3. Part 3 Company Formation and related matters
- private companies limited by shares;
- public companies limited by shares;
- private unlimited companies with a share capital;
- public unlimited companies with a share capital; and
- companies limited by guarantee without a share capital.
Abolishing the Memorandum of Association
As discussed above, it used to be the law that a company must have a memorandum of association which sets out what it can do as a legal entity. However, the CO, which follows the modern trend of law of most jurisdictions, have abolished the memorandum of association
For companies formed under the old regime, the conditions in the memorandum are deemed to be contained in the articles of association, except for conditions relating to authorised share capital and par value, which are regarded to have been removed for all purposes (section 98).
Companies which apply to be incorporated under the CO need to submit only their incorporation form and articles of association.
Any person or persons may form a company by signing the articles of association of the company intended to be formed and delivering to the Registrar for registration a copy of the articles in the same form as those signed by the founder members, together with a completed incorporation form.
The agreement by the founder members to form a company and take up membership of the company to be formed, previously contained in the memorandum of association, is now contained in the articles (section 67).
Mandatory Articles of Association
Companies incorporated under the CO are required to have certain mandatory articles of association: for instance, the company name (section 81), details of the company’s liabilities, or contributions of the founding members (sections 83 and 84).
Companies incorporating under the CO are required to have as one of their mandatory articles a statement of their capital and initial shareholdings, which is also required to be contained in their incorporation forms.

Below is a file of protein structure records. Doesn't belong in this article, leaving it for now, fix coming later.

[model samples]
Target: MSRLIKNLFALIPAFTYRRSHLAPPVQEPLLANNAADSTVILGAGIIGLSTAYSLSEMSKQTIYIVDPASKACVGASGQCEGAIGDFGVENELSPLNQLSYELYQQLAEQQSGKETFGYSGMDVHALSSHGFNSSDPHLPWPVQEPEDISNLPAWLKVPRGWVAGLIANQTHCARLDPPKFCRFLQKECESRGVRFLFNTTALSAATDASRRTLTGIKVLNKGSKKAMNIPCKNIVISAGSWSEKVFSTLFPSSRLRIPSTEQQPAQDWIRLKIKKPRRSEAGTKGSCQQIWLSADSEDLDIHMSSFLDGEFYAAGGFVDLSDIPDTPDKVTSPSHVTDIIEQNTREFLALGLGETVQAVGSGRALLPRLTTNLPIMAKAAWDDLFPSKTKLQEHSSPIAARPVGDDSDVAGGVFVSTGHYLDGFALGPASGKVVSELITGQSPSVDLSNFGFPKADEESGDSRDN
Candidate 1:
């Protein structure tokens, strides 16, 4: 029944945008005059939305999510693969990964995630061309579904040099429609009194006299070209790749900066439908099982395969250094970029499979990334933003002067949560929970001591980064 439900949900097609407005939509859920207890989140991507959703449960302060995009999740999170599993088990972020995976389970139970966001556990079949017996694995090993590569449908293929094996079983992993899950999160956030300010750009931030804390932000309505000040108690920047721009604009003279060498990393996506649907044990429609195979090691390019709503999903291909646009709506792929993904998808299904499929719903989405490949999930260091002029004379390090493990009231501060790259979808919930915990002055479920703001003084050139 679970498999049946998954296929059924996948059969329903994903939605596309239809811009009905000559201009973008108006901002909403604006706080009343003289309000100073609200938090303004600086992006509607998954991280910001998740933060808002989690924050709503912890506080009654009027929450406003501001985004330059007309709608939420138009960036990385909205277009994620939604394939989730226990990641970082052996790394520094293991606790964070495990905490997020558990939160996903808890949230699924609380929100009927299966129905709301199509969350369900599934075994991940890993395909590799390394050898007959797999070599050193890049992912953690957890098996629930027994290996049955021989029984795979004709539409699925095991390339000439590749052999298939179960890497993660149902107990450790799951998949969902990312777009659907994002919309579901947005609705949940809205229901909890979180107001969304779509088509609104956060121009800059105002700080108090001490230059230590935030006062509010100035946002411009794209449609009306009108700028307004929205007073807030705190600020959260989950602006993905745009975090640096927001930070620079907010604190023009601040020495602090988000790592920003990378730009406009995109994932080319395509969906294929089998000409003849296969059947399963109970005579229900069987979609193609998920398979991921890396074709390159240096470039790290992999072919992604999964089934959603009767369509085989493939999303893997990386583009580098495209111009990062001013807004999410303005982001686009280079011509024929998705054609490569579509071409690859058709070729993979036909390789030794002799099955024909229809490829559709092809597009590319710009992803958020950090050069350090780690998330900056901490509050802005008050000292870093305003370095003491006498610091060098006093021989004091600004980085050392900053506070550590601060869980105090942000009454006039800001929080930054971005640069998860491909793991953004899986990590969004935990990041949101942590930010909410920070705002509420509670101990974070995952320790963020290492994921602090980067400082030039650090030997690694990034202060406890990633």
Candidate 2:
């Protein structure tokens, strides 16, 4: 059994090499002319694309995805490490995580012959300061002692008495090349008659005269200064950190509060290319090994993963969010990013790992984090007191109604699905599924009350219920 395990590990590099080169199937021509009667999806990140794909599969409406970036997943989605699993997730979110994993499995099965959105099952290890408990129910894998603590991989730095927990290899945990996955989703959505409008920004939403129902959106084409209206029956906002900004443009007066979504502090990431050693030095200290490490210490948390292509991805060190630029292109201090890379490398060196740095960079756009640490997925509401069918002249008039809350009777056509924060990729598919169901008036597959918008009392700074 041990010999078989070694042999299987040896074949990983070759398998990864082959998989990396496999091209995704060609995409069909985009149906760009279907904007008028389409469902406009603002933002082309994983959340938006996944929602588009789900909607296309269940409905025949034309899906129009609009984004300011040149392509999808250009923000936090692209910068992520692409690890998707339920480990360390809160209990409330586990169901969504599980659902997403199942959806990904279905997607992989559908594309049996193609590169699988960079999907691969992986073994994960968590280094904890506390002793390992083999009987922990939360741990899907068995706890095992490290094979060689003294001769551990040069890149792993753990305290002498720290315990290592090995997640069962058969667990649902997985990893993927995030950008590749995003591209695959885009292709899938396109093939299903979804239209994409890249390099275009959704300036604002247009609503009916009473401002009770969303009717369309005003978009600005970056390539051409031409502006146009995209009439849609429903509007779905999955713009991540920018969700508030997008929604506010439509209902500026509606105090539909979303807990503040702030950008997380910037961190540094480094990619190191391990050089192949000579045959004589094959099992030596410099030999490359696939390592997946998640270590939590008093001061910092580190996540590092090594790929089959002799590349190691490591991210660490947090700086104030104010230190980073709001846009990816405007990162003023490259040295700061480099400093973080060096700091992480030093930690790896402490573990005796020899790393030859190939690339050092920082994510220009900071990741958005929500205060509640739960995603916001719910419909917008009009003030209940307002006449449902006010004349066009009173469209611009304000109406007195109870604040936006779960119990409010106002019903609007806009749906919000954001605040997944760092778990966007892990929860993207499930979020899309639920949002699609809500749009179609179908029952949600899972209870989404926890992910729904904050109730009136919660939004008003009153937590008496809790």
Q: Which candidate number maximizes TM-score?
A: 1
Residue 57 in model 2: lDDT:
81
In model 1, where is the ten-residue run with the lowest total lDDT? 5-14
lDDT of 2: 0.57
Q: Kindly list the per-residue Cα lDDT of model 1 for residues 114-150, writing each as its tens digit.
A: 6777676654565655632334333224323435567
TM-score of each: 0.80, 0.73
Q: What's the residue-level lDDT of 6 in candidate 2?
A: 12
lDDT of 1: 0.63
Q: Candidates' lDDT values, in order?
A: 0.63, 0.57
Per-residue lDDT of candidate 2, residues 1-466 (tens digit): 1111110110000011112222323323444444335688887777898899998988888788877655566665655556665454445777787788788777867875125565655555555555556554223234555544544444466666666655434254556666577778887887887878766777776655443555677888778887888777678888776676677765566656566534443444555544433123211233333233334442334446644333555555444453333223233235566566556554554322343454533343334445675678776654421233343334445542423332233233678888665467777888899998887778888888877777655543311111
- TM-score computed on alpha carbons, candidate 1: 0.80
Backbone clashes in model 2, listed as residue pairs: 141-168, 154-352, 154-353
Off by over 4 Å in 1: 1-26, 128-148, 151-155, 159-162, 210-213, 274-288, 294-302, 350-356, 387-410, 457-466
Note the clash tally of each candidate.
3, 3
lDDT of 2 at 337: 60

According to section 85(1), this requirement applies only to companies incorporated under the CO. It is not necessary for companies incorporated under the old regime to amend their articles to include this provision.
Model Articles of Association
According to section 79, a company may choose to adopt any or all of the provisions of the model articles of association prescribed for the type of company to which it belongs.
Three sets of model articles are prescribed by the Notice: one set for public companies limited by shares, one for private companies limited by shares, and one for companies limited by guarantee.
The model articles prescribed for each type of company form part of the articles of a company if it does not register any other articles, and the model articles apply unless they are excluded or modified by the company’s registered articles (section 80).
Under section 82(2), companies may still choose to include objects in their articles.
The articles of a company with a share capital may also state the maximum number of shares that the company may issue.
Limited Companies can only be registered with “Limited” as the last word of their English name or “有限公司” of their Chinese name (section 102).
The old regime required that every company have a common seal with the company name engraved in legible characters.
Under the current law, a common seal is no longer mandatory. The keeping and use of a common seal is optional.
A company may execute a document under its common seal (if it has one); and if the company executes a document under its common seal, it must comply with provisions related to the common seal as stated in its Articles of Association (section 127).